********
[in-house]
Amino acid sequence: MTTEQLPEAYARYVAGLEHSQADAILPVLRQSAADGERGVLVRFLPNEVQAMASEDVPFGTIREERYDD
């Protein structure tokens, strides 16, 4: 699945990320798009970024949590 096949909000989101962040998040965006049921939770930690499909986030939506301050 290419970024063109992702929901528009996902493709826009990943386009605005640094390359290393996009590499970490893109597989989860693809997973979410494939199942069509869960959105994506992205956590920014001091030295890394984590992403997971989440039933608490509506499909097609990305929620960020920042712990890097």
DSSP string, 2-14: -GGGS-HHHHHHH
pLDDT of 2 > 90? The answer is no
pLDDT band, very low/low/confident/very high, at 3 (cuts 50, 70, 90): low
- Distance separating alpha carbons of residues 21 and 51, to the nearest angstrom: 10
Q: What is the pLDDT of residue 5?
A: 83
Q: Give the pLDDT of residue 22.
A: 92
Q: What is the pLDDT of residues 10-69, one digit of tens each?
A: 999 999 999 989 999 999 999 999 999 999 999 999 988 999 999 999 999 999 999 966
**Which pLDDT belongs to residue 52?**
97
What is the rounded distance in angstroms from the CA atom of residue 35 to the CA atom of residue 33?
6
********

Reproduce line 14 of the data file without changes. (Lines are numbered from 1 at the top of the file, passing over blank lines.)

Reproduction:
**Which pLDDT belongs to residue 52?**